Counterclockwise: remembering the classic mobile games

Peter, 10 March 2019

The Nokia 3310 is a nostalgia machine – people remember it as indestructible, even though it’s not the most rugged phone form Nokia. Similarly, people view the game Snake through rose-colored glasses. In fact, the relaunch of the 3310 leaned heavily on Snake.

We’re not saying that Snake isn’t a great game, but it’s far from the only one. Just like the actually-rugged Nokias, these games were forgotten and they don’t deserve such a fate.

Space Impact • SI: Evolution X Space Impact • SI: SI: Kappa Base Space Impact • SI: SI: Meteor Shield Space Impact • SI: SI: Meteor Shield
Space Impact • SI: Evolution X • SI: Kappa Base • SI: Meteor Shield

The Nokia 3310, for example, also featured Space Impact a horizontal shoot ‘em up. The WAP-enabled Nokias even allowed you to download new chapters for the game (for free, this was before DLC). This was done through Nokia Club, which also hosted a global scoreboard.

Space Impact would see multiple sequels, including entries on the failed N-Gage gaming phone. The latest sequel was Space Impact: Meteor Shield, developed by Rovio for the Nokia N97.

Speaking of Rovio, you probably remember Angry Birds. But do you remember the Bounce games? They date as far back as Snake, starting with the Nokia 9210 Communicator. Rovio has a long list of fun games to its name – both original and ports. Did you know the company is based in Espoo? No surprise so many of its games were featured on Nokia phones.

Bounce (<a href="https://java.mob.org/game/bounce_tales_red_mod.html" target="_blank" rel="noopener noreferrer">image credit</a>) Bounce Tales (<a href="https://java.mob.org/game/bounce_tales_red_mod.html" target="_blank" rel="noopener noreferrer">image credit</a>) Bounce Tales (<a href="https://java.mob.org/game/bounce_tales_red_mod.html" target="_blank" rel="noopener noreferrer">image credit</a>) Bounce Tales (<a href="https://java.mob.org/game/bounce_tales_red_mod.html" target="_blank" rel="noopener noreferrer">image credit</a>)
Bounce • Bounce Tales

You may think that 3D gaming is something that arrived with the more powerful chipsets of smartphones. And even if you remember the old 3D J2ME games, you may still be surprised at how old the first 3D games on mobile are. The Nokia 3410 had a tiny screen with 96 x 65 pixels, no way it could do 3D, right? Wrong. Munkiki's Castles was a 3D platformer/puzzle game that made the best out of the tiny monochrome screen.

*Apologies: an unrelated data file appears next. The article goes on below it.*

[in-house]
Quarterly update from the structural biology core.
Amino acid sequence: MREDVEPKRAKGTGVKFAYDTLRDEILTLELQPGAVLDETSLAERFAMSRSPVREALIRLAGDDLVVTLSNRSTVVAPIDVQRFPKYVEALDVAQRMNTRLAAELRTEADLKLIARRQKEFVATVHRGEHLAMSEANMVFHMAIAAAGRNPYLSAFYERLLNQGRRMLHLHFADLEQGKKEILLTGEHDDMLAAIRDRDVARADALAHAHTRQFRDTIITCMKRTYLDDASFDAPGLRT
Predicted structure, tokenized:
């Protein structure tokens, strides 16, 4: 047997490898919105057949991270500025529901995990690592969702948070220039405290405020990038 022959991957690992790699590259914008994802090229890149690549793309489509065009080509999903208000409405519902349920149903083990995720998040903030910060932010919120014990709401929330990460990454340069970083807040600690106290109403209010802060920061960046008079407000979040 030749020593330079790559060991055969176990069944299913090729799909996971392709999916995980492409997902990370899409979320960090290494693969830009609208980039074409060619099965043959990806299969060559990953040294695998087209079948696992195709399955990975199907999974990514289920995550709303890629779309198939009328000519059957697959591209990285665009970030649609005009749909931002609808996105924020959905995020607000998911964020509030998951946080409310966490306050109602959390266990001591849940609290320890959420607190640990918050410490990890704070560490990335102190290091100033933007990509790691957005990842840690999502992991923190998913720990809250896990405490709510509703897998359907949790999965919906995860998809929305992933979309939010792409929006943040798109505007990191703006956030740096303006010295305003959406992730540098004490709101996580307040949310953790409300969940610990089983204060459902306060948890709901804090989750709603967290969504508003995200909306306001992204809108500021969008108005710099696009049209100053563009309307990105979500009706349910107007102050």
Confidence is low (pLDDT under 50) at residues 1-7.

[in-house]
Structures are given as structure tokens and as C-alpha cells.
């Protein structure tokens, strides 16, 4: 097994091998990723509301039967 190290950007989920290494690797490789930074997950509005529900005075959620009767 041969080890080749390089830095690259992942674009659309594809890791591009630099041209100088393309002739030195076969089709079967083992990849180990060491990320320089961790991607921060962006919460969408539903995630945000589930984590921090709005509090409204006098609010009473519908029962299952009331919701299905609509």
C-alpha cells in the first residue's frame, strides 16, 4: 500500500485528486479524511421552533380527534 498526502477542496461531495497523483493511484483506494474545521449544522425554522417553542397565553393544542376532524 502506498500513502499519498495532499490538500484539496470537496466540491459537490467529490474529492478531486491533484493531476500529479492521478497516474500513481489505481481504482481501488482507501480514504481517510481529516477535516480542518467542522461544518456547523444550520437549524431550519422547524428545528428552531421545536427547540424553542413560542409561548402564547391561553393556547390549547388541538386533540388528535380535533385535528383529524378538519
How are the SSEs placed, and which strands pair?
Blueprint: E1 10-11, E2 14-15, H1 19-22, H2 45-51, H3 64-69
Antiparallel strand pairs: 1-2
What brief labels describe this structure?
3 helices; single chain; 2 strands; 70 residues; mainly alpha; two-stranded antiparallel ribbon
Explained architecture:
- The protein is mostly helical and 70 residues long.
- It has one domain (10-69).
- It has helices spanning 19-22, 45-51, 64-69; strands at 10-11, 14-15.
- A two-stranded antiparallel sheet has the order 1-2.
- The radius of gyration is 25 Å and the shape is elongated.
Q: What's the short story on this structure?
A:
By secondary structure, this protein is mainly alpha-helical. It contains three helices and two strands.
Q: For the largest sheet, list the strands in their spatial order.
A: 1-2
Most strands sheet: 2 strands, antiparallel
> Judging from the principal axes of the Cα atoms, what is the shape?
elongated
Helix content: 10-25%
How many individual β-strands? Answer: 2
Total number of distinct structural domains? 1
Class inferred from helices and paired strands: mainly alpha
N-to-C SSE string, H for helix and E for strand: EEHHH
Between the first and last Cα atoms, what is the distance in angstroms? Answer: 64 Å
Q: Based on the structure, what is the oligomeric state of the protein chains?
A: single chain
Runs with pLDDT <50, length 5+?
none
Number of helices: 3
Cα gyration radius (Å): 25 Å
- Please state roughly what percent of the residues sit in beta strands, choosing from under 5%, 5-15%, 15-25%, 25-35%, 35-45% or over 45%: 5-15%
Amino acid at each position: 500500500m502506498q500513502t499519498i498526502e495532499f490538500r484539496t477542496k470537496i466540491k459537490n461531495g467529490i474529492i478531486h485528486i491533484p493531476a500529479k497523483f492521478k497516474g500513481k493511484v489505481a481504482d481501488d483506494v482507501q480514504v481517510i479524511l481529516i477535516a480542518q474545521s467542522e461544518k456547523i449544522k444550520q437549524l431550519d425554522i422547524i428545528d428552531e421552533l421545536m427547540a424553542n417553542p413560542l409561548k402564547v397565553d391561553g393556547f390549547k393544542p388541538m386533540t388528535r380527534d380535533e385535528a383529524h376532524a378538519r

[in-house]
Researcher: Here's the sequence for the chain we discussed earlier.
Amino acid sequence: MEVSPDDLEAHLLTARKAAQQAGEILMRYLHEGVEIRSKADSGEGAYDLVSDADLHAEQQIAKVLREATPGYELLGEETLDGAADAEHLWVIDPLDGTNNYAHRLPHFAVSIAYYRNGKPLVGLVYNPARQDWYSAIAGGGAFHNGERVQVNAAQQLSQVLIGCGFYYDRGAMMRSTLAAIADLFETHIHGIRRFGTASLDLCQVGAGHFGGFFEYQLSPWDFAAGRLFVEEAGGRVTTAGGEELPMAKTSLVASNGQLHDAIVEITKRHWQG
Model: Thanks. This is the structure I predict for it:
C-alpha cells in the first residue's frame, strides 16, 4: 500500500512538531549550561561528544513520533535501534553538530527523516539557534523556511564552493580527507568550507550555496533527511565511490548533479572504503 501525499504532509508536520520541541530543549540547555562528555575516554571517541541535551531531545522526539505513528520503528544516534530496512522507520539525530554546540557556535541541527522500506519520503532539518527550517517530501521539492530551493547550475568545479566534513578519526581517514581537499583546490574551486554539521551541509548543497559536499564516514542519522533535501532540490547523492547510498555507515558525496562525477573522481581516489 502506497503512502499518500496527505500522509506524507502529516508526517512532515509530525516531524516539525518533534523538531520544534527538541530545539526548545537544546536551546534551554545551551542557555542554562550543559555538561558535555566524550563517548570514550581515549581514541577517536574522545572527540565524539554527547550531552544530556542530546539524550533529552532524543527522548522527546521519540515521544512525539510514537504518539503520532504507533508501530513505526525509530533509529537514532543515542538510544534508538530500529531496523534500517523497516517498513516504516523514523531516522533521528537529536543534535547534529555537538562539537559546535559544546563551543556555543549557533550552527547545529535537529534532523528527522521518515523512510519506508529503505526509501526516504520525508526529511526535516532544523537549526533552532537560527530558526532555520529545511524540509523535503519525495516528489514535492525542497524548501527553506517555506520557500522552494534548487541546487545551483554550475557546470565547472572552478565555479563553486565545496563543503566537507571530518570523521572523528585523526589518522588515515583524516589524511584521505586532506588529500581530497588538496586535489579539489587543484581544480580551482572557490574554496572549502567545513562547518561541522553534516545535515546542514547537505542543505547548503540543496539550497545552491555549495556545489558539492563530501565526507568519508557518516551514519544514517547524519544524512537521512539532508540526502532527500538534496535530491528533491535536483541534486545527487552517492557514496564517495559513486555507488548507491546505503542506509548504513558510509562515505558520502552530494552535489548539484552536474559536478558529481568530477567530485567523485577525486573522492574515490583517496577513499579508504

Munkikis Castles showed that you do not need a high res screen or even colors to play 3D games (<a href="https://www.gamevix.com/games/munkikis-castles" target="_blank" rel="noopener noreferrer">image source</a>) Munkikis Castles showed that you do not need a high res screen or even colors to play 3D games (<a href="https://www.gamevix.com/games/munkikis-castles" target="_blank" rel="noopener noreferrer">image source</a>) Munkikis Castles showed that you do not need a high res screen or even colors to play 3D games (<a href="https://www.gamevix.com/games/munkikis-castles" target="_blank" rel="noopener noreferrer">image source</a>)
Munkiki's Castles showed that you don't need a high res screen or even colors to play 3D games

If you followed the MWC this year, you’ll know that Augmented Reality is a big deal. But it doesn’t need 5G networks, not even close. Who remembers Mozzies on Siemens SX1? It’s an AR game that uses the screen and camera to turn the phone into a mosquito-killing gun. You look around to aim – an impressive feat on a 120MHz single core processor. Note that this was before accelerometers, gyros and compasses were a standard part of a smartphone’s arsenal.

Mozzies was an AR shooter for the Siemens SX1 (<a href="https://www.researchgate.net/figure/The-AR-Soccer-Application-with-simple-edge-tracking-Gesture-Gestures-refer-to-the_fig3_228864152" target="_blank" rel="noopener noreferrer">image credit</a>)
Mozzies was an AR shooter for the Siemens SX1

Pokemon Go was another mobile gaming craze (it’s still pretty popular), but is far from the first ever location-based game. One of the first, perhaps the first, is BotFighters. With no GPS on board, the game used Cell-ID (with help from the carrier) to shoot at competing bots by sending text messages. You also picked up upgrades for your bot along the way. Note that each text cost 20 cents!

Here’s a bit of trivia. There’s some confusion about which phone was the first to feature a game. It’s either the Siemens S1 with Tetris (where it was a hidden feature left by the firmware developer) or the IBM Simon with Scramble (the Simon is a PDA technically, not a phone).

Anyway, this rabbit hole is pretty deep – if you want to read more, here is an excellent article that goes in-depth. It covers things like a WAP port of Sorcery!, the Fighting Fantasy gamebook.

Which is your favorite forgotten mobile game?


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Reader comments

  • Anonymous

i have the games: Snake ‘97, Bounce and Retro Space (Space Impact) on my iOS device. it feels a blast playing them. you can download them on the App Store

  • Anonymous

For me Dragon Island was the best game on mobile phones (before smartphones).

  • Brian

Probably the most memorable games for me were from the N-Gage series..the original Asphalt 1 & 2, and Ashen FPS...back when all games were slow paced, 2d or sluggish java games. The N-Gage games blew me away with the gfx and sfx.